David Jones Stop Selling Music Following Terrible Christmas Season
In light of UK Music Retail Giant HMV’s continued plans to ‘restructure’ including expected 1500 job cuts and the closing of 60-100 stores, as well as last year’s Allans Billy Hyde receivership debacle, Australian department store David Jones has announced it will quit selling consumer products such as music, DVDs, and videogames, as reported by News Ltd, dealing another blow to the music retail industry in general.
Following a poor Christmas for DJs with their total sales for the three months leading up to January 26 having fallen 1.4 per cent to $590.1 million, CEO Paul Zahra has decided to close up shop for homewares such as music and electronics which “continued to be challenging and subject to ongoing deflationary pressure.”
This move is in accordance with plans to reshape David Jones’ line of products and “change [their] category mix to increase focus on higher margin categories,” explains Zahra, such as their fashion and beauty categories “which delivered sales growth in [the] second quarter of 2013 and and first half of 2013″.
With music being the ugly and poor cousin to fashion and beauty, lagging homeware losses have been subsequently cut.
The financial crisis of the past years have hit hard at giant retailers of music with the Christmas period providing no relief, only confirmation of these difficult times.
Christmas sales figures for the department retailer have steadily going down over the usually busy sales period, with total sales for the six months to January 26 falling 0.7 per cent to $1 billion. Homewares, including music, being its worst selling category.
Efforts to boost sales during Christmas was a tactic also employed by HMV, who attempted this January with a month-long sale, which only proved to derail the company into its harsh restructure, as its value plummeted to £5 million (approx $AU 7.6 m) by the end of January.
Online shopping, and growing popularity of digital music streaming only compound the hardships faced by retailers in the GFC. The digital streaming industry, having racked around $1 Billion dollars last year, impact not just the sale of CDs and DVDs but related devices such as CD/DVD players and other music electronics.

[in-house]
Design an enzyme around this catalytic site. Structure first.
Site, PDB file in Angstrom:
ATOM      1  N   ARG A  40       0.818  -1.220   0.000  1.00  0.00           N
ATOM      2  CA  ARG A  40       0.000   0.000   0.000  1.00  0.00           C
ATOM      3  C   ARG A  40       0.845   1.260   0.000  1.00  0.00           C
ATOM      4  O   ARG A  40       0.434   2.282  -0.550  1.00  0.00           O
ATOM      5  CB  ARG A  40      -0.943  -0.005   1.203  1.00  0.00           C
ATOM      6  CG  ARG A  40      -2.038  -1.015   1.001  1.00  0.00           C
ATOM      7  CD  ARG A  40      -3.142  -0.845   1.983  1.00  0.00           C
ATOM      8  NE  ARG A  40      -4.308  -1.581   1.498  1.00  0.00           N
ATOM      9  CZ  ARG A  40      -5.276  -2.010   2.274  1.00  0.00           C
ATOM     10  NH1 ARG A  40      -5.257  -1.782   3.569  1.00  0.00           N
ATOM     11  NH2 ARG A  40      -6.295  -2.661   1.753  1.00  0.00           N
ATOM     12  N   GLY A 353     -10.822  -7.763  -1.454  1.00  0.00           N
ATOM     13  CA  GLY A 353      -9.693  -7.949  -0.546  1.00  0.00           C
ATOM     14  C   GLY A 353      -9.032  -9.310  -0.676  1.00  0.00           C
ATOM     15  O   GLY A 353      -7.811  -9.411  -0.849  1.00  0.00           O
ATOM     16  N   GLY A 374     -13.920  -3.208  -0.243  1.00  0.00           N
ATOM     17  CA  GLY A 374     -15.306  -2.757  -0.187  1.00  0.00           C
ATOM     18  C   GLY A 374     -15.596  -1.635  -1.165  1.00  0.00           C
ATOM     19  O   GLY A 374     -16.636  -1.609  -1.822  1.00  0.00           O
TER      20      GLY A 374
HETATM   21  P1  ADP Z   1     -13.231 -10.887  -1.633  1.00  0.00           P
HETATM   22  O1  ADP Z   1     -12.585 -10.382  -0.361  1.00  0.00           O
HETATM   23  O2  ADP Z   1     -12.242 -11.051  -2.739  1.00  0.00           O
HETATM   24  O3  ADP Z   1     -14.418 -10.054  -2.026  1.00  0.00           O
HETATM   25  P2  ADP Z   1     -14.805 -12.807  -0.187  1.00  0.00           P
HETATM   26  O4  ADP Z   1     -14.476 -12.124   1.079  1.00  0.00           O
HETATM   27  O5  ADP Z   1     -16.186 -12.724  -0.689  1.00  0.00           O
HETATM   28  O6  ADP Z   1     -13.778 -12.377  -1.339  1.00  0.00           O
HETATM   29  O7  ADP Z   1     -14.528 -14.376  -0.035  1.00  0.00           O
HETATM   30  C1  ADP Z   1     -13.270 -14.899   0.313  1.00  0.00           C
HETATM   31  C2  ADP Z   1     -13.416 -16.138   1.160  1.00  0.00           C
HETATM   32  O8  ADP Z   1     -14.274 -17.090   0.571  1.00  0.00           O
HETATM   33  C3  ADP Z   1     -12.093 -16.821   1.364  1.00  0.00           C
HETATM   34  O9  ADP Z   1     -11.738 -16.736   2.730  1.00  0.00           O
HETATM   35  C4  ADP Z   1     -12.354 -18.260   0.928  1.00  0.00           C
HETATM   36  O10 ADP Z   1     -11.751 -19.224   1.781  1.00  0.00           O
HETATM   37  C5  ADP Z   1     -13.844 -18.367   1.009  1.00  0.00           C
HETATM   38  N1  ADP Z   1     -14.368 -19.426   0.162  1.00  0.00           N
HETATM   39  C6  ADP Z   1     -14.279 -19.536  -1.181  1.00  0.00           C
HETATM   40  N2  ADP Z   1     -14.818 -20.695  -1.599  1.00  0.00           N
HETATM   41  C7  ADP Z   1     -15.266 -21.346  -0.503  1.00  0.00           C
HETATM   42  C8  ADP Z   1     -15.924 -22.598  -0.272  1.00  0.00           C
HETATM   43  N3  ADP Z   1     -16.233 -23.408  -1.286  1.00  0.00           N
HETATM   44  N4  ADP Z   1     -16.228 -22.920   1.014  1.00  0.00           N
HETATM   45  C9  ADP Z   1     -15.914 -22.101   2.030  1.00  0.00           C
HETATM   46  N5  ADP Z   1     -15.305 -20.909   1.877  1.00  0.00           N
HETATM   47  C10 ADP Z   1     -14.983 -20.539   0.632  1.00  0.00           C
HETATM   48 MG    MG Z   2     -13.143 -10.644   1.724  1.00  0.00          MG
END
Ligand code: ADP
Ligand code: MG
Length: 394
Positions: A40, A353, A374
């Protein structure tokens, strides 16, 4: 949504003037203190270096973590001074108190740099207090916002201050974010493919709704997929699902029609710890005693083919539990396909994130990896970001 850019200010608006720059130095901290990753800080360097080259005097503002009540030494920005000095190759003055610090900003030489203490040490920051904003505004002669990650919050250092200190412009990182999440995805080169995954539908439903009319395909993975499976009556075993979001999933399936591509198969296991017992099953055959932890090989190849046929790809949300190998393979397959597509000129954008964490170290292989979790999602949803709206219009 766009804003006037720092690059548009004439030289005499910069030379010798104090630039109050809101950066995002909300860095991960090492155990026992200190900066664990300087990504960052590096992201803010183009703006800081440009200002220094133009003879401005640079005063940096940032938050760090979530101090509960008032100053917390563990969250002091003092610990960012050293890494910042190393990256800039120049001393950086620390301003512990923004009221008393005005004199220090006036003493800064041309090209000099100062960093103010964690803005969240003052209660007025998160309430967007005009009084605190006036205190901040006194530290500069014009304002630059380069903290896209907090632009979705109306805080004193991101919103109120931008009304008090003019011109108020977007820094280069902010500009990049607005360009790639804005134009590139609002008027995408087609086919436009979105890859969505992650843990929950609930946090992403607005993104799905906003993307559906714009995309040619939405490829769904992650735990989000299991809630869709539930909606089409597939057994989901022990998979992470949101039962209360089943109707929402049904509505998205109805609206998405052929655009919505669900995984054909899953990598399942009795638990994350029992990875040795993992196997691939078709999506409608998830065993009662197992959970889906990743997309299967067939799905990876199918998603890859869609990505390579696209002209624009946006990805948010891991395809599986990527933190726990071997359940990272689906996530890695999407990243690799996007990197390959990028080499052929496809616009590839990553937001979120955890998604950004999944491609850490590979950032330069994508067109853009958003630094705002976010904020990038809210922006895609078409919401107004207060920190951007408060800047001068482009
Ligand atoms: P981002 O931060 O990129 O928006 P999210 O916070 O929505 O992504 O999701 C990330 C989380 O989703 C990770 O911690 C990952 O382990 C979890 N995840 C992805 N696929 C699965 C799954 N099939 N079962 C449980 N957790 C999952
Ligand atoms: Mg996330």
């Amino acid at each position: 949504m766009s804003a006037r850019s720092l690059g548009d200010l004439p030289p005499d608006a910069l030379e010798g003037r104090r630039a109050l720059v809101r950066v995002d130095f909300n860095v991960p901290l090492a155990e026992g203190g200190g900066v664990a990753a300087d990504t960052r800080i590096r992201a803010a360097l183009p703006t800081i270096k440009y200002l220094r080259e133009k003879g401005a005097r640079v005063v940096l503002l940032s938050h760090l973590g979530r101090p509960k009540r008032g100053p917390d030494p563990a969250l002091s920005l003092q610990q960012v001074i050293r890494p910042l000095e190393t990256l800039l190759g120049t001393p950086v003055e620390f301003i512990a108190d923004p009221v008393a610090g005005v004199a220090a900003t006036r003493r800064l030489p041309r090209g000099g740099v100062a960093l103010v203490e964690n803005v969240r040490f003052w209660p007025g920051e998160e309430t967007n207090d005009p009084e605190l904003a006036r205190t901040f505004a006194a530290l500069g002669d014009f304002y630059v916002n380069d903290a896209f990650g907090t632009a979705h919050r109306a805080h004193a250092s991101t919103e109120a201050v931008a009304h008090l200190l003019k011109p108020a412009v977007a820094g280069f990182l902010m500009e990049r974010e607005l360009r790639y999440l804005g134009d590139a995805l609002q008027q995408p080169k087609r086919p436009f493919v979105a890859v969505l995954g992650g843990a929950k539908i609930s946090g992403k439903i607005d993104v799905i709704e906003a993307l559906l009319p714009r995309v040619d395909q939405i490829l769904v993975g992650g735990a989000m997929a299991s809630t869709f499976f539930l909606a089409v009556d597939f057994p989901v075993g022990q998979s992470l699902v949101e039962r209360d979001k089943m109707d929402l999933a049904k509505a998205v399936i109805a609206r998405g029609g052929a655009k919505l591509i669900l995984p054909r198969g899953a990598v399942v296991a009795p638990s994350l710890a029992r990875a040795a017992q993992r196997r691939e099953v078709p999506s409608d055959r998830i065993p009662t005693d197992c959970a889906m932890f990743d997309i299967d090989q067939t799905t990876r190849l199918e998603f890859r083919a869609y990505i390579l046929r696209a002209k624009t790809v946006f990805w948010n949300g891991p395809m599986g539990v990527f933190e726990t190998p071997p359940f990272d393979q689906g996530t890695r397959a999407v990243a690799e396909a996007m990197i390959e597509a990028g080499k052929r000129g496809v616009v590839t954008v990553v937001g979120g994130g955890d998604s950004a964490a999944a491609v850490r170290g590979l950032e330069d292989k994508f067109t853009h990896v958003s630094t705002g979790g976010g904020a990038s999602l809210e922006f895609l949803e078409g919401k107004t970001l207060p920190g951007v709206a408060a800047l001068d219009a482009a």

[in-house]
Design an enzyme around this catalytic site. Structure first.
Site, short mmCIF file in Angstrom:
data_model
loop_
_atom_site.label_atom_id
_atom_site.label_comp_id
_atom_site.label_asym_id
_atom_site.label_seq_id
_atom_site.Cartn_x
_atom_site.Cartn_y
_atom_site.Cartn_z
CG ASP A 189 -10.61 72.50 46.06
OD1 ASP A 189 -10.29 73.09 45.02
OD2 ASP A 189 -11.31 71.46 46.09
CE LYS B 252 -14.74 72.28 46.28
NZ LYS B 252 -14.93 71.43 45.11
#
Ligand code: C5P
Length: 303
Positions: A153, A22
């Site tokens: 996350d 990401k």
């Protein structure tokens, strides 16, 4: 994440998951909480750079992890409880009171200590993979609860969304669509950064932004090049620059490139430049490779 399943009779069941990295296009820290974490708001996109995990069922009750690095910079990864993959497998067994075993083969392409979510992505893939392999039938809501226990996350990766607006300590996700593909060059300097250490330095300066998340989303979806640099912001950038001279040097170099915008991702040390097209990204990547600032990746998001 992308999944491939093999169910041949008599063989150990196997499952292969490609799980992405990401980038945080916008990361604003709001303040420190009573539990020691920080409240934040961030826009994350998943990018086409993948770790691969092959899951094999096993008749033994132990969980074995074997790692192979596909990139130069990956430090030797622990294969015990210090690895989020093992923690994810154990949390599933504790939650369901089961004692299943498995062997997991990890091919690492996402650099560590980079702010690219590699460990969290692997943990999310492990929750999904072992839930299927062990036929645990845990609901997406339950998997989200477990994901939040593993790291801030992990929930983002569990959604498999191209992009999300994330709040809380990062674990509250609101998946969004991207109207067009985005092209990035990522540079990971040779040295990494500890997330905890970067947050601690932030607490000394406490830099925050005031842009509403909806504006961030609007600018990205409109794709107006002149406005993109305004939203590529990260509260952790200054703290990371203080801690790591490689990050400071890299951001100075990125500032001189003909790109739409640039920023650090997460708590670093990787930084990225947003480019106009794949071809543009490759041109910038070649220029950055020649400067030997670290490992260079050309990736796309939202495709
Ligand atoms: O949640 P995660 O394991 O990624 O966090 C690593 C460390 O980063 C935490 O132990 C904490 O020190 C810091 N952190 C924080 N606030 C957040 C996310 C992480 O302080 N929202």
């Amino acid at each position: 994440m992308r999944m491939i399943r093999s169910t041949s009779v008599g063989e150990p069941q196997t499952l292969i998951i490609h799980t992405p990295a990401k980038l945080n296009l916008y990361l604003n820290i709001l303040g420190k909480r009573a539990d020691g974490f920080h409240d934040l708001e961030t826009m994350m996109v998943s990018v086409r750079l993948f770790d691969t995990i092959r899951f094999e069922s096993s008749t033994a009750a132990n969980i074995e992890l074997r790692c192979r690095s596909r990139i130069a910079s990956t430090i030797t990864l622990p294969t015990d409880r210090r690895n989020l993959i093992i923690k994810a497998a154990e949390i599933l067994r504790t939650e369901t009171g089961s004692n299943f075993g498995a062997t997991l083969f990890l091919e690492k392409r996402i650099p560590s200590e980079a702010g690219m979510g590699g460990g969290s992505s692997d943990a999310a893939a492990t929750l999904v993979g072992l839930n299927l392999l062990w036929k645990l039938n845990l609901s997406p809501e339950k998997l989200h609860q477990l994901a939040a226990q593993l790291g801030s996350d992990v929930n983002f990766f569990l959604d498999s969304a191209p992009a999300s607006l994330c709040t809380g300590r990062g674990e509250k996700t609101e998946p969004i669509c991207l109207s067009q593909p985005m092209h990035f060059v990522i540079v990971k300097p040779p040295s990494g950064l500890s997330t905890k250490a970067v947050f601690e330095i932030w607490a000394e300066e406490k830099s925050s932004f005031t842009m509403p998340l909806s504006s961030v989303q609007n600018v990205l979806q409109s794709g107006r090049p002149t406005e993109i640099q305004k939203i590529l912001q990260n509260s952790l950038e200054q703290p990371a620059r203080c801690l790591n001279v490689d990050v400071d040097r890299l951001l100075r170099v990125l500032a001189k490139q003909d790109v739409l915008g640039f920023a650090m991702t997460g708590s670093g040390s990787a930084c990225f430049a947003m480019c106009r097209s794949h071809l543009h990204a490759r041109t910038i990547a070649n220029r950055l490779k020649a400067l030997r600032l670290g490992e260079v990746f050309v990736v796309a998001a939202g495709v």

Allans Billy Hyde’s receivership also increased fears for music retail late last year, which saw not just tough employability conditions but consumerist ones as well, with pre-purchased gift vouchers and refunds being declined, reinforcing the growing trend of online shopping and its impact on music chain stores.
However, the son of the late Billy Hyde, Garry, continued his father’s legacy under the name GH Music proves to be a fortunate anomaly where good things come when the family name and money come into play. Hyde believing that in the current economic climate there is still ”room for a family owned music business.”
According to its website, GH Music is celebrating its opening with the ‘Huge Day Out’ on Saturday 23rd February, with free in-store music performances from the likes of Stonefield, The Electrique Birds, and The Pancis’ Jae Laffer. As well as a meet & greet with The Living End drummer, Andy Strachan and – ironically – ‘A David Jones Experience’ headlining as special guest.
For the department store David Jones’ case, their exit as a music retailer seems an inevitable symptom of a dismal economy and a changing market, where simply high selling categories are pushing out the low-performing ones.